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Study Abroad Blog

CEA Interview Series: Virtual Coffee with Five American Interns

August 04, 2020
by Daniele Bini

(This article was originally published by CEA Florence Internship & Student Services Coordinator, Daniele Bini, on LinkedIn.)

The pioneers of Virtual Internships.

The ground under American Study Abroad is shaking, and it’s shaking very hard. Enrollment has been hit like never before, even though this is not the first pandemic the world is experiencing. A case study by the Institute of International Education (IIE) shows the different decreases during the H1N1 pandemic, the SARS epidemic, and the Ebola and Zika epidemics. As suggested by the graphic below, enrollment decreases were mainly registered in the countries of the viruses’ origin. These decreases were momentary and contained, and the number of applications kept on rising in the long run. Even if it’s too early to start projecting numbers because COVID-19 is not under control yet, especially in the United States where we still count tens of thousands new daily infections, we can already predict an academic year (2020/2021) with close to zero enrollment throughout Europe.


We are far from the 2017/2018 academic year when we registered immense enrollment numbers. According to the same IIE case study, a total of 341,751 Americans studied abroad, of which 187,534 chose Europe—Italy was only second to the UK with a total of 36,945 American students in-country.

While facing a great crisis, higher education has sought new ways to help and save intercultural exchange during this new reality. CEA’s new program, Virtual Internships, opened the doors to our success amid the COVID-19 pandemic. The program sparked immediate interest, particularly because it was launched in March, when American students are typically looking for internship and study abroad opportunities. Both experiences are coveted for one main reason: to differentiate one’s resume from the crowd.

"I’m impressed with CEA’s ability to adapt to the [global] changes and ensure a quality experience for students and interns in just a couple of months."

Virtual Internships combine work experience in a company to a six-week intensive academic course that helps students reflect on eight work competencies identified by NACE (National Association of Colleges and Employers) as the main competencies companies are looking for in new hires. Our program began on June 8, 2020 in a Zoom meeting room. Despite the thousands of miles separating all the call participants you could feel the excitement in the room and the eagerness to prove that time had not stopped.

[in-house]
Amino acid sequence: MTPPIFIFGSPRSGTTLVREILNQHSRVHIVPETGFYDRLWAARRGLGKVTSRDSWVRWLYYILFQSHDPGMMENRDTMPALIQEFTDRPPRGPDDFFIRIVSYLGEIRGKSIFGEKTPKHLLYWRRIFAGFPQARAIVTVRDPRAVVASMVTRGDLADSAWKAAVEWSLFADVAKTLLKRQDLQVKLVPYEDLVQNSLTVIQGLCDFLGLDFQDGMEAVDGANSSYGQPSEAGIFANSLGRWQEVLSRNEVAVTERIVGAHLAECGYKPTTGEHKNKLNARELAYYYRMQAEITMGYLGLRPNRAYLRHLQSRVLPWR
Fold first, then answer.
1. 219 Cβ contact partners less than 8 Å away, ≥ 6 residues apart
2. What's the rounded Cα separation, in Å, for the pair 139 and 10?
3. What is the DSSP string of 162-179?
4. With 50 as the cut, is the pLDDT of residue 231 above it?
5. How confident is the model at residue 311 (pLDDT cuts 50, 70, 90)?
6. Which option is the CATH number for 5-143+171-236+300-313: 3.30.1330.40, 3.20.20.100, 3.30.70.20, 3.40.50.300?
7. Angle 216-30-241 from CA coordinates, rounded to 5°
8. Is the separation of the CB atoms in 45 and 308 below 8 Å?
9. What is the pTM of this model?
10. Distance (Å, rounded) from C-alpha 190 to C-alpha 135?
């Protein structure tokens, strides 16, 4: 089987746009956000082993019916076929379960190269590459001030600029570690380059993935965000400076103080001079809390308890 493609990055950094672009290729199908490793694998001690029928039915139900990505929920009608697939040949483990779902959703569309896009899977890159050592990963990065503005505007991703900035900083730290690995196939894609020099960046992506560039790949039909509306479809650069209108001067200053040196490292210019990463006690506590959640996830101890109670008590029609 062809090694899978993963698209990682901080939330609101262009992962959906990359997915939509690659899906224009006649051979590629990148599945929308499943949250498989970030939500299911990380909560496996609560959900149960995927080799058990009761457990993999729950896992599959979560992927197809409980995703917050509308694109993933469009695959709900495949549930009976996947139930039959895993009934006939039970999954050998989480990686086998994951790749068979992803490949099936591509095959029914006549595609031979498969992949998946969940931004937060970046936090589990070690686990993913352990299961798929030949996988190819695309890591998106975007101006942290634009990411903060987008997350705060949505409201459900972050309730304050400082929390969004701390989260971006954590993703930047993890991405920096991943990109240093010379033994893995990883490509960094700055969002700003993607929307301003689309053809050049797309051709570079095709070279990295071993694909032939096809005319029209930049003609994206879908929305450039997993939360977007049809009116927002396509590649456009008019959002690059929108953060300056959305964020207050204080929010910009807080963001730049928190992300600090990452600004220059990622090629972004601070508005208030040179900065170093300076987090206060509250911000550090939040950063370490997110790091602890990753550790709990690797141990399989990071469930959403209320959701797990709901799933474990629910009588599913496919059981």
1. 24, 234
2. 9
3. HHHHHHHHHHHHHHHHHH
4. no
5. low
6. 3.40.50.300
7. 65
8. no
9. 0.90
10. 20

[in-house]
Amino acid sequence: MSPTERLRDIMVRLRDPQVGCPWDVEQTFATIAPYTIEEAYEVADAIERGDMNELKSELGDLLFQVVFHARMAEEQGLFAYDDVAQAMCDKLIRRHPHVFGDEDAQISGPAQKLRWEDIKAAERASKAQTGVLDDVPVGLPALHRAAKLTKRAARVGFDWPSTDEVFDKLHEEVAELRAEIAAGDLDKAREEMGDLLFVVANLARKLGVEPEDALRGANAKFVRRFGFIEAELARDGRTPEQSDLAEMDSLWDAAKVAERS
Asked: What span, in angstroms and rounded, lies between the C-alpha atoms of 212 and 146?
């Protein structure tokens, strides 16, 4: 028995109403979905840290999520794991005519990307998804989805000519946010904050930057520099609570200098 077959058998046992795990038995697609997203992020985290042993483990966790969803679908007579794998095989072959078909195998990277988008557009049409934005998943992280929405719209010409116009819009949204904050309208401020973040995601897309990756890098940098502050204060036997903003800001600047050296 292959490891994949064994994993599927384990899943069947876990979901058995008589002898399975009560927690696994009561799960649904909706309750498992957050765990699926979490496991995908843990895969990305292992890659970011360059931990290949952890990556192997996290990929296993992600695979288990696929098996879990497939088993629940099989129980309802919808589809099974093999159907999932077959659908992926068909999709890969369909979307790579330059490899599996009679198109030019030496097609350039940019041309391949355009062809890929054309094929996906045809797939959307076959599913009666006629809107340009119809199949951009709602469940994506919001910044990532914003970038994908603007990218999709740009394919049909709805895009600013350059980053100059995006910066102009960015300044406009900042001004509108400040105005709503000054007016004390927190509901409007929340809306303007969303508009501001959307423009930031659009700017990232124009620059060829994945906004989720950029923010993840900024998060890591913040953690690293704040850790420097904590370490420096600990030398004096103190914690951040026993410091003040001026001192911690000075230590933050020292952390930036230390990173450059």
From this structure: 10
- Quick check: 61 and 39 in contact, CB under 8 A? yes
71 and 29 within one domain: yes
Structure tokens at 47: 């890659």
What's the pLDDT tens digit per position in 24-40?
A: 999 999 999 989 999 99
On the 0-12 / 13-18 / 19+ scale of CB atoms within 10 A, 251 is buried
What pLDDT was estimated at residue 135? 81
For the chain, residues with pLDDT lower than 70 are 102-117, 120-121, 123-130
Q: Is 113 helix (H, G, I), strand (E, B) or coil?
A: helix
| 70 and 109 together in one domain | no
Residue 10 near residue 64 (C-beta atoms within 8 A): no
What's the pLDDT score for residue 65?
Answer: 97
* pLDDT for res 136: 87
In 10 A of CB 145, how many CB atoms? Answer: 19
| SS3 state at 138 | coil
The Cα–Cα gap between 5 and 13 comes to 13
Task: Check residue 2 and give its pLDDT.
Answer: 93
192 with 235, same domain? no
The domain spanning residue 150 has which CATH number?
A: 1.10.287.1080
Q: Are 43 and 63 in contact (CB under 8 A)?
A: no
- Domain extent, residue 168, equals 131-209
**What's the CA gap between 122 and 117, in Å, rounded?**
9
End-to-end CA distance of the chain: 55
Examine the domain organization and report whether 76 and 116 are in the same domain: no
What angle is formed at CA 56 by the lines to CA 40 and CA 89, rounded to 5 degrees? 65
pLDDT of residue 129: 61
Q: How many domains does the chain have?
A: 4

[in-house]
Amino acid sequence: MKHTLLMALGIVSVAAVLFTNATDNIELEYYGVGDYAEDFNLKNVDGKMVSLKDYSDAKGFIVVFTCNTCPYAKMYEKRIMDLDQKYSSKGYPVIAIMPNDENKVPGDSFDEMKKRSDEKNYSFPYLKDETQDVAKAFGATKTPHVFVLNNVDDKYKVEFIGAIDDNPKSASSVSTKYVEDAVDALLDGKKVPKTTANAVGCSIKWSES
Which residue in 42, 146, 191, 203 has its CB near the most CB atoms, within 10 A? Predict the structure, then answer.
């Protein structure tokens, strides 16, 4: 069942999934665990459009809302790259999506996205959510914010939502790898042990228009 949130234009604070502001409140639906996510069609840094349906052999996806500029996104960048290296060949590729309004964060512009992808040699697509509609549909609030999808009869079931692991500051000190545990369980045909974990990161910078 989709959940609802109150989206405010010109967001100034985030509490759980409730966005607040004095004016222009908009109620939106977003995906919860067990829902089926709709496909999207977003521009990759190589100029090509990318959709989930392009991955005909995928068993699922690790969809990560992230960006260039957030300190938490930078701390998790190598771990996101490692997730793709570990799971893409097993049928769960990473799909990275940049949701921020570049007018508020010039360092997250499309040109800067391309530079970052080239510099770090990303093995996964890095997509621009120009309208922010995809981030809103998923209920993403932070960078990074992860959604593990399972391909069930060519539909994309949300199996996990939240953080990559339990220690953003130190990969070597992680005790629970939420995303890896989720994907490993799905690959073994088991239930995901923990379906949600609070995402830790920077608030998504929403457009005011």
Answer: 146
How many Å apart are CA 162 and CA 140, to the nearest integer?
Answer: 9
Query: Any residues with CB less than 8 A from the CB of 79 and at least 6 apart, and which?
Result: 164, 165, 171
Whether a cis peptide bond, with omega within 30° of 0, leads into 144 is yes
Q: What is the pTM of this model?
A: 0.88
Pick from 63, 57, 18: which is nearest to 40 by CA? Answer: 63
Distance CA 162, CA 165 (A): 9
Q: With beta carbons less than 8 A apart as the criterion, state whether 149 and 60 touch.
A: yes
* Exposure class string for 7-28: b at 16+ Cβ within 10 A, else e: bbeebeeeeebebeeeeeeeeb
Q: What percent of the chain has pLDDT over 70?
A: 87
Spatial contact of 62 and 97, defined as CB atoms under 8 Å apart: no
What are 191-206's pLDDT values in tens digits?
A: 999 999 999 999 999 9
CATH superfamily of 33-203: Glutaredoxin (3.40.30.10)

An internship represents for many students the end of their college careers and the beginning of their professional ones. That is why the majority of students decide to do an internship during their last summer before graduation. In doing so, they hope to help their resumes stand out in the eyes of their future employers in less than a year’s time. Mallory, Roy, Judy, Brenna and Angela: they are some of the CEA interns we had the pleasure of working with this summer.

Q. Introduce yourself. What’s your name, what university do you attend, what’s your major/minor?

Angela: My name is Angela Richard, and I’m a rising fourth-year Undergraduate student at Champlain College in Burlington, VT. I’m majoring in Early Childhood and Elementary Education with minors in Foreign Languages and Global Studies.

Roy: My name is Roy Ricaldi and I’m a Junior at The University of Kansas majoring in Business Analytics and Management.

Judy: My name is Judy Ortega and I currently attend Marymount University in Arlington, Virginia. I am studying Health Sciences with a specialization in Pre-Physical Therapy and an additional study of the Spanish language.

Mallory: My name is Mallory Lambert and I will be a senior at The University of Oklahoma in the 2020 fall semester majoring in International Business and Accounting with a linguistic focus in Italian.

Brenna: My name is Brenna McClellan and I am a senior at the University of Arizona (U of A). In December I will be awarded degrees in French and Global Studies with a concentration in Human Rights as well as a minor of Environmental Studies. In addition to my degrees, I will be graduating with honors in French due to the completion of my honors thesis:  Identifying Climate Change Agency: A Critical Discourse Analysis of the French and English Climate Change Speech Acts.

"Virtual internships still provide students an opportunity to exchange cultures and learn about the international work environment."

Q. How did you learn about CEA’s Virtual Internship program?

A: I heard about CEA’s Virtual Internship program on CEA’s social media pages. Their robust presence on my favorite social networking sites made it easy for me to see what they were offering and how I could be a part of the program.

R: I learned about this opportunity through the study abroad office at my university. They were advertising virtual study abroad opportunities for the summer, due to the COVID-19 global pandemic.